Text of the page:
Frequently Asked Questions from the Consultation Feedback

Why is the proposal in an area of outstanding natural beauty (AONB)?

To ensure the homes remain affordable for local people in perpetuity, local needs housing is built on Rural Exception Sites. This is land that wouldn’t usually gain planning approval for housing, however the Rural Exception Site planning policy permits such development, provided the homes meet the in-perpetuity/ local connection criteria. It is not possible to restrict affordable housing built on brownfield sites to local people in perpetuity.

How will you ensure that the design of the homes reflect the rural location?

As a rural specialist housing association, English Rural is aware that rural exception sites are located in sensitive rural areas and recognise the need to ensure that the design and build quality reflect the local vernacular. This is why we always seek comments and local feedback from the Parish Council and wider community, on the preliminary designs.

Is the development in a flood plain?

No. The Environment Agency’s flood mapping service confirms that the proposed development is in the lowest category of concern for flooding, flood zone 1. Part of the landscaping just inside the Southern boundary falls within zone 2 or 3, however no development is proposed in this area. As part of the design process, we are commissioning soakage tests to be carried out at the site to confirm geology and inform the drainage strategy that will be submitted with the planning application.

What are you doing about sustainability?

One of our key aims is to provide homes for local people that are not only affordable to build and maintain, but affordable for residents to live in. Where mains gas is not available, such as here, our solution is to provide each home with an air source heat pump to provide heating and hot water. These low carbon technology units are between 250 and 400% efficient and do not burn fossil fuels at point of use. Whilst these units are typically double the cost of a gas boiler installation, air source heat pumps can help residents avoid the fuel poverty trap. Hard surfaces such as drives will be permeable where ground conditions allow, and we install a water butt to every home. Our homes are well insulated, and we have a requirement that they reach an EPC (Energy Performance Certificate) rating of ‘B 85’. We install triple glazed windows throughout our new homes. All our homes are provided with a cycle storage shed. A rotary linen line to discourage the use of tumble dryers is also provided to each home.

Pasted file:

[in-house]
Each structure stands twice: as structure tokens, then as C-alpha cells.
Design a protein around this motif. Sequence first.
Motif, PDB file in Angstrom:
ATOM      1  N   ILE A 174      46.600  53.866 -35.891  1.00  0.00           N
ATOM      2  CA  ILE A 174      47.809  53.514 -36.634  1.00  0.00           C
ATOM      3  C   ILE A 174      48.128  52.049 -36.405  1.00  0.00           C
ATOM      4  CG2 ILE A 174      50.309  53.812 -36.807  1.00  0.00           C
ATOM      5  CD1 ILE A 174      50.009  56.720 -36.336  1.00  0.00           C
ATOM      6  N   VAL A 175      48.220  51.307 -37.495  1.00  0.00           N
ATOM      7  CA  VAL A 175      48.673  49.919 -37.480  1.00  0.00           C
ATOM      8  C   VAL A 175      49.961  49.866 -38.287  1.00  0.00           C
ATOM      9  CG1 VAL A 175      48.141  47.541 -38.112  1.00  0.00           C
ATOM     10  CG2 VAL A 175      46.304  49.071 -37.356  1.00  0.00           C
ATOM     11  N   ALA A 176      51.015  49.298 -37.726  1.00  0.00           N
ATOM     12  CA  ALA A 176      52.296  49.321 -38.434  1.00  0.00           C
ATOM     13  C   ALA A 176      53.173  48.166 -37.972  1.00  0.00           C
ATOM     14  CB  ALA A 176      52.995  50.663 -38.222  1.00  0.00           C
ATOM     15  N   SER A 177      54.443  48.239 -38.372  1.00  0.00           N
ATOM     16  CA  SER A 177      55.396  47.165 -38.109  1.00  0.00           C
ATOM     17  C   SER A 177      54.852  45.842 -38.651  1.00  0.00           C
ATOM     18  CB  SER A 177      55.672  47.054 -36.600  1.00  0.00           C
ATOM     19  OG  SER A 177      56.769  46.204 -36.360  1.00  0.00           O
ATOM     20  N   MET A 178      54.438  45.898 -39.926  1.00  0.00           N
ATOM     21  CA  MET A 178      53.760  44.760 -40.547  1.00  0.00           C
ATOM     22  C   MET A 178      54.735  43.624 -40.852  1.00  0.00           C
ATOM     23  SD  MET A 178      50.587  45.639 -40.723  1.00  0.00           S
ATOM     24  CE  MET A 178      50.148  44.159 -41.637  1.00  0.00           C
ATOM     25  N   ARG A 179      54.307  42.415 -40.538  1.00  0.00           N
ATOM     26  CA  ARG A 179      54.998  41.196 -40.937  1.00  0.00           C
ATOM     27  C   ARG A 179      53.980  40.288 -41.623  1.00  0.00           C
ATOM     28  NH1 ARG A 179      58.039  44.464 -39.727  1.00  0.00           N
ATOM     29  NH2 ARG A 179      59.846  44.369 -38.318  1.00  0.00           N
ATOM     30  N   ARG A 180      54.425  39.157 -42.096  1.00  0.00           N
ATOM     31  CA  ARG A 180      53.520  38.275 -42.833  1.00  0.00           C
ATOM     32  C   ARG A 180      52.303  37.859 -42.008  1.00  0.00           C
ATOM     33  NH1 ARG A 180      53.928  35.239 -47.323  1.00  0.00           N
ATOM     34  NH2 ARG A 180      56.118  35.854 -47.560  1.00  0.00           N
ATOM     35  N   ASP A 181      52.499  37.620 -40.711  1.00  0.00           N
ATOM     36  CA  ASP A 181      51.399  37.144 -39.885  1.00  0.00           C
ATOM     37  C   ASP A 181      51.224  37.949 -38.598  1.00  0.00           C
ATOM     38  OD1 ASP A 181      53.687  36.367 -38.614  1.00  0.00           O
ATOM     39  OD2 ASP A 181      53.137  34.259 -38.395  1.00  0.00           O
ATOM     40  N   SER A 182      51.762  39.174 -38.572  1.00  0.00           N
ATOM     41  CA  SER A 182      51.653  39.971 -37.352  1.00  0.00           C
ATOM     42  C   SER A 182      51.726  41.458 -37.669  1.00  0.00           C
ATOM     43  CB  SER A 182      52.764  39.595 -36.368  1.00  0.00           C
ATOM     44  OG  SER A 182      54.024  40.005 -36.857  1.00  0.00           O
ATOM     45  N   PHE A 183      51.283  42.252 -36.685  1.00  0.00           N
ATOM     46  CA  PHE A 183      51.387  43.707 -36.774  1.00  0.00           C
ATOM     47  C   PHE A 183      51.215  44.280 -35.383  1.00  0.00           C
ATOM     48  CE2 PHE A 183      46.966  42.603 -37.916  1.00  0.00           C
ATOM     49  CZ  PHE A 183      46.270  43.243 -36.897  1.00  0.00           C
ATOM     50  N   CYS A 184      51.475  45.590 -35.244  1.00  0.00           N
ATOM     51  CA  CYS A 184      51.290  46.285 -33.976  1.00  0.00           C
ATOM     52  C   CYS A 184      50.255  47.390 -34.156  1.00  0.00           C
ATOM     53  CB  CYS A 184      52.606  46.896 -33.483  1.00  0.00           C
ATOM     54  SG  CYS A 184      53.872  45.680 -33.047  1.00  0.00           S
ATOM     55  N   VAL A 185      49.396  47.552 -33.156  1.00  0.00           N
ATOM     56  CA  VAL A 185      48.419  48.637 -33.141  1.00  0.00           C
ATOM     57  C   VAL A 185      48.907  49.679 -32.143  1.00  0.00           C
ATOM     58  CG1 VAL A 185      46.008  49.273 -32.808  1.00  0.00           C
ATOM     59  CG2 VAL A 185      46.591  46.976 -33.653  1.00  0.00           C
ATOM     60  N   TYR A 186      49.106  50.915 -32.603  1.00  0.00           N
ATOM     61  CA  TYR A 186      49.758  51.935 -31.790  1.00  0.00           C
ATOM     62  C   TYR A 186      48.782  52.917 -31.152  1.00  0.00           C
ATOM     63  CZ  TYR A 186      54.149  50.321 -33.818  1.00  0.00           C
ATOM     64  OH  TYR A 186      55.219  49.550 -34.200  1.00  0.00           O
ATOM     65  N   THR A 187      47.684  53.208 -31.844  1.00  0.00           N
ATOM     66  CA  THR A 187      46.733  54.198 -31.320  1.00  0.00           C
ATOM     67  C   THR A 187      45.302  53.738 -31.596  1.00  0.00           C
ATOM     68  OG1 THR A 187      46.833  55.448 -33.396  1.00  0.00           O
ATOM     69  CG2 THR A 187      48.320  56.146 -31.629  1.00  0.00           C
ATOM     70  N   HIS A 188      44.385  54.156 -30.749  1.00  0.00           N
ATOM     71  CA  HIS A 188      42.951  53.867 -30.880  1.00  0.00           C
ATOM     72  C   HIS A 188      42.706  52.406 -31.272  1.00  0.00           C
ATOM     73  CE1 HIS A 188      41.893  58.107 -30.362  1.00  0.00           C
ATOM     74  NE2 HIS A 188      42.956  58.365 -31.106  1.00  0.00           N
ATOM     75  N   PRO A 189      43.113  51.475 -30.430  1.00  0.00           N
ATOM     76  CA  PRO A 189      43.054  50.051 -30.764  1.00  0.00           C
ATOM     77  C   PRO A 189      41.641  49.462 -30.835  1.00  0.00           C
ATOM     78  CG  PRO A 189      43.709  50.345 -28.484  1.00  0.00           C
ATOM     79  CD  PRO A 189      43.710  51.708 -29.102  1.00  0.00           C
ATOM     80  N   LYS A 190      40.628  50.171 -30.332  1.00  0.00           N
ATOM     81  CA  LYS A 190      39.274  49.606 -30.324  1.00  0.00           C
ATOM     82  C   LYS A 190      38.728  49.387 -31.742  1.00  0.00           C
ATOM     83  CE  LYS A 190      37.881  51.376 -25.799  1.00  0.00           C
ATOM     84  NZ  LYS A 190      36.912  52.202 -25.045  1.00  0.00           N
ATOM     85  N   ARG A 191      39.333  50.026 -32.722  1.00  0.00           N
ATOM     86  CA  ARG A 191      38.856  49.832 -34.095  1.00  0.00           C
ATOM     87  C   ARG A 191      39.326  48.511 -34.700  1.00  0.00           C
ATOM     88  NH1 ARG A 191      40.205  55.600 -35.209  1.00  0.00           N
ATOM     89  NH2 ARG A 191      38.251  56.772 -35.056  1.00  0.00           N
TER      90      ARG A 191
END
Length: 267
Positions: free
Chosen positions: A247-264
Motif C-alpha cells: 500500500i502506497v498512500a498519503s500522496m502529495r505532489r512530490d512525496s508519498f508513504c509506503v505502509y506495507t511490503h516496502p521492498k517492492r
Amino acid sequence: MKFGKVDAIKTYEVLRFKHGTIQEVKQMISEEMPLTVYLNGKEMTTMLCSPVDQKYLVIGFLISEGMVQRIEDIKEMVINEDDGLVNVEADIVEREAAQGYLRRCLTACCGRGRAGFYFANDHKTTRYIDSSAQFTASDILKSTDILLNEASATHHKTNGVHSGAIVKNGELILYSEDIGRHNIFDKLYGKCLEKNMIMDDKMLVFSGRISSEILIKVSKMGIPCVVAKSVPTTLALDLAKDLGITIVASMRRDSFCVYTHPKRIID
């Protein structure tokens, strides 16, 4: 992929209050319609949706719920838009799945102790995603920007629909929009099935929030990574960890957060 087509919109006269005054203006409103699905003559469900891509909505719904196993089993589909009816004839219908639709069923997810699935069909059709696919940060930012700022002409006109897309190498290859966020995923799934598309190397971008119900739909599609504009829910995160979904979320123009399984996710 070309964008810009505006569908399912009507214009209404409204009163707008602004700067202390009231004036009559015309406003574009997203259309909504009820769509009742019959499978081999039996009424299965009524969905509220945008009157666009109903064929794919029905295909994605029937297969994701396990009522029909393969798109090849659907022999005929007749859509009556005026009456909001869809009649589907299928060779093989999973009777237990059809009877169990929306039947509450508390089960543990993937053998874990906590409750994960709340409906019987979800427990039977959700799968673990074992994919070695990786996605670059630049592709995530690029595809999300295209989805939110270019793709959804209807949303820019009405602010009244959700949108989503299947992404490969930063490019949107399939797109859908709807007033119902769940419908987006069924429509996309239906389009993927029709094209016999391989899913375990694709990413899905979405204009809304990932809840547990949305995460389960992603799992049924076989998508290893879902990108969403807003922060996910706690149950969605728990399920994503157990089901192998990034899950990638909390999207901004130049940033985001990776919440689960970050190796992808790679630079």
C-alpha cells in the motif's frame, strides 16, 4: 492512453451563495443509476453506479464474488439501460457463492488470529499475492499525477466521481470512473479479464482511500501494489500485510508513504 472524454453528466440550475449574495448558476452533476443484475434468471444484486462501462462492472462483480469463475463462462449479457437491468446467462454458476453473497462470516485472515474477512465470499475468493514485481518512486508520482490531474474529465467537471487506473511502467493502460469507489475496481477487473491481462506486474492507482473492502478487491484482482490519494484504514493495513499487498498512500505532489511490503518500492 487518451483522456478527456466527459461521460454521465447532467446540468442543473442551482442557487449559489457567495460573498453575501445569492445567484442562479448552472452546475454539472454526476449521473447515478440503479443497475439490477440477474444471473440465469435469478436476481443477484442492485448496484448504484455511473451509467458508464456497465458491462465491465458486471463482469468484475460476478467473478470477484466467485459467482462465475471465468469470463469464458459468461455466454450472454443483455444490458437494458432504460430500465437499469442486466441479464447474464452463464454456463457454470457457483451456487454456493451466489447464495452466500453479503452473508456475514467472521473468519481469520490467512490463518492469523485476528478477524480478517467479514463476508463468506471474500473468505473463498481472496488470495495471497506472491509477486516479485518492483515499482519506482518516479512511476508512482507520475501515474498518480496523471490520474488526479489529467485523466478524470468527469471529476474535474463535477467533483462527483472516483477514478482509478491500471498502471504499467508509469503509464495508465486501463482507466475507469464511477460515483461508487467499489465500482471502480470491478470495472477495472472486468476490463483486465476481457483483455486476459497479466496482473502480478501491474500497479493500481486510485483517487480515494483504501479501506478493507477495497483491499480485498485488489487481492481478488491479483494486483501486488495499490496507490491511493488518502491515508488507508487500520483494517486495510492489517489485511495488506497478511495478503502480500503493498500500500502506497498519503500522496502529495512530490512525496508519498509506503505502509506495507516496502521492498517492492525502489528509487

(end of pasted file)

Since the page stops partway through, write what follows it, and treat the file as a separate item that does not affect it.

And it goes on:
How will drainage be dealt with?

We are currently considering the means of foul drainage with our consulting Engineers. All proposed drainage would be strictly controlled by planning condition and Building Regulations to ensure that sewers are not overloaded and that the proposals do not create problems downstream. All surface water (ie rain water) will be dealt with on the proposed development site using a combination of soakaways, permeable paving and/or other sustainable drainage systems.

How many parking spaces have you allowed for each dwelling?

Parking provision will exceed that required by Kent County Council Highway policy, all homes are being provided with a minimum of two parking spaces. . In addition, English Rural provided secure cycle parking to all our homes to reduce vehicle trips and encourage healthier forms of travel.

What about disruption during the build process?

We recognise that building work can create some noise and disruption at times, but we aim to keep this to an absolute minimum. Any granting of planning permission will normally include a condition that strict working hours must be adhered to. We expect any appointed building contractor to be courteous and understanding throughout the construction process and to communicate amiably with neighbours prior to and during the construction process.